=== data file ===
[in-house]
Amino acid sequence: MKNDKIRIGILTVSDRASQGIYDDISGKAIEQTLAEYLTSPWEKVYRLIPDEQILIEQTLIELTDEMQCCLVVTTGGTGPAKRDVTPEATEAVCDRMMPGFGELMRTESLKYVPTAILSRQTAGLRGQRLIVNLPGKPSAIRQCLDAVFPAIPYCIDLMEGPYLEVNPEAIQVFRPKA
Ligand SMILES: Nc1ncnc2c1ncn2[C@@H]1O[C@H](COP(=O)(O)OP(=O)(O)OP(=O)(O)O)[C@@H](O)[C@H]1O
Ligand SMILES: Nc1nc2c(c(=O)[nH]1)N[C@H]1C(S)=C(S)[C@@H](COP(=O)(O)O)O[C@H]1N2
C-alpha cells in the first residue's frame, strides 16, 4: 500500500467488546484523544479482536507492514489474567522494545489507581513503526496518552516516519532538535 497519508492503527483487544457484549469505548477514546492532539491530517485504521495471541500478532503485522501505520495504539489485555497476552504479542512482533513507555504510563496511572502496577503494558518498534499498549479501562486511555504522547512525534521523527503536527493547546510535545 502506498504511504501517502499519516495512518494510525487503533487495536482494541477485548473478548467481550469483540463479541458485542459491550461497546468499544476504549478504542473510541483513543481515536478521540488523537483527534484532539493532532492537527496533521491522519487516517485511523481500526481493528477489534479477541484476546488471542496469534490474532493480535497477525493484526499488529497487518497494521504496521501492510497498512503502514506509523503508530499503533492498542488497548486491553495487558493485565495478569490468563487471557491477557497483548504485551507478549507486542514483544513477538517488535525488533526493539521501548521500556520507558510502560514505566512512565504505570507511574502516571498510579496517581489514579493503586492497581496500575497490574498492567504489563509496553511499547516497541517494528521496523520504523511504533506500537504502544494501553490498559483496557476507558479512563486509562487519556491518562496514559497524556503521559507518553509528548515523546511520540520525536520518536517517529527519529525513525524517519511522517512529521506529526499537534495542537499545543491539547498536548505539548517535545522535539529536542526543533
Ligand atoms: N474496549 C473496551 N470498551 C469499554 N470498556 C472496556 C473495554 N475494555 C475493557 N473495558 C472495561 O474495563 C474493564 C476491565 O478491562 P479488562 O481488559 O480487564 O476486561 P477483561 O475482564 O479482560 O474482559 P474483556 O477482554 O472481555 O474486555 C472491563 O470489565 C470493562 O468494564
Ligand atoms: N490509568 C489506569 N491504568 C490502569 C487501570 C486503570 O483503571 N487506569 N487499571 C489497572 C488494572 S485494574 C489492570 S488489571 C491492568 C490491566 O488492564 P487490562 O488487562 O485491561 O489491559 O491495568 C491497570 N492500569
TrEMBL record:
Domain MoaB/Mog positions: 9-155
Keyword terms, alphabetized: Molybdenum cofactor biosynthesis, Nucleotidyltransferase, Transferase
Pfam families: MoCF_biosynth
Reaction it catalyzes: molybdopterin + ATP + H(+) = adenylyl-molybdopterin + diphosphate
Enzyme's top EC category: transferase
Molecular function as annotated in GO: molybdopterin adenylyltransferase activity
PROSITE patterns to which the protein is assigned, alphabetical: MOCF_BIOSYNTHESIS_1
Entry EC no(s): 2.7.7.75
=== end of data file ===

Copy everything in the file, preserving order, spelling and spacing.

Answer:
[in-house]
Amino acid sequence: MKNDKIRIGILTVSDRASQGIYDDISGKAIEQTLAEYLTSPWEKVYRLIPDEQILIEQTLIELTDEMQCCLVVTTGGTGPAKRDVTPEATEAVCDRMMPGFGELMRTESLKYVPTAILSRQTAGLRGQRLIVNLPGKPSAIRQCLDAVFPAIPYCIDLMEGPYLEVNPEAIQVFRPKA
Ligand SMILES: Nc1ncnc2c1ncn2[C@@H]1O[C@H](COP(=O)(O)OP(=O)(O)OP(=O)(O)O)[C@@H](O)[C@H]1O
Ligand SMILES: Nc1nc2c(c(=O)[nH]1)N[C@H]1C(S)=C(S)[C@@H](COP(=O)(O)O)O[C@H]1N2
C-alpha cells in the first residue's frame, strides 16, 4: 500500500467488546484523544479482536507492514489474567522494545489507581513503526496518552516516519532538535 497519508492503527483487544457484549469505548477514546492532539491530517485504521495471541500478532503485522501505520495504539489485555497476552504479542512482533513507555504510563496511572502496577503494558518498534499498549479501562486511555504522547512525534521523527503536527493547546510535545 502506498504511504501517502499519516495512518494510525487503533487495536482494541477485548473478548467481550469483540463479541458485542459491550461497546468499544476504549478504542473510541483513543481515536478521540488523537483527534484532539493532532492537527496533521491522519487516517485511523481500526481493528477489534479477541484476546488471542496469534490474532493480535497477525493484526499488529497487518497494521504496521501492510497498512503502514506509523503508530499503533492498542488497548486491553495487558493485565495478569490468563487471557491477557497483548504485551507478549507486542514483544513477538517488535525488533526493539521501548521500556520507558510502560514505566512512565504505570507511574502516571498510579496517581489514579493503586492497581496500575497490574498492567504489563509496553511499547516497541517494528521496523520504523511504533506500537504502544494501553490498559483496557476507558479512563486509562487519556491518562496514559497524556503521559507518553509528548515523546511520540520525536520518536517517529527519529525513525524517519511522517512529521506529526499537534495542537499545543491539547498536548505539548517535545522535539529536542526543533
Ligand atoms: N474496549 C473496551 N470498551 C469499554 N470498556 C472496556 C473495554 N475494555 C475493557 N473495558 C472495561 O474495563 C474493564 C476491565 O478491562 P479488562 O481488559 O480487564 O476486561 P477483561 O475482564 O479482560 O474482559 P474483556 O477482554 O472481555 O474486555 C472491563 O470489565 C470493562 O468494564
Ligand atoms: N490509568 C489506569 N491504568 C490502569 C487501570 C486503570 O483503571 N487506569 N487499571 C489497572 C488494572 S485494574 C489492570 S488489571 C491492568 C490491566 O488492564 P487490562 O488487562 O485491561 O489491559 O491495568 C491497570 N492500569
TrEMBL record:
Domain MoaB/Mog positions: 9-155
Keyword terms, alphabetized: Molybdenum cofactor biosynthesis, Nucleotidyltransferase, Transferase
Pfam families: MoCF_biosynth
Reaction it catalyzes: molybdopterin + ATP + H(+) = adenylyl-molybdopterin + diphosphate
Enzyme's top EC category: transferase
Molecular function as annotated in GO: molybdopterin adenylyltransferase activity
PROSITE patterns to which the protein is assigned, alphabetical: MOCF_BIOSYNTHESIS_1
Entry EC no(s): 2.7.7.75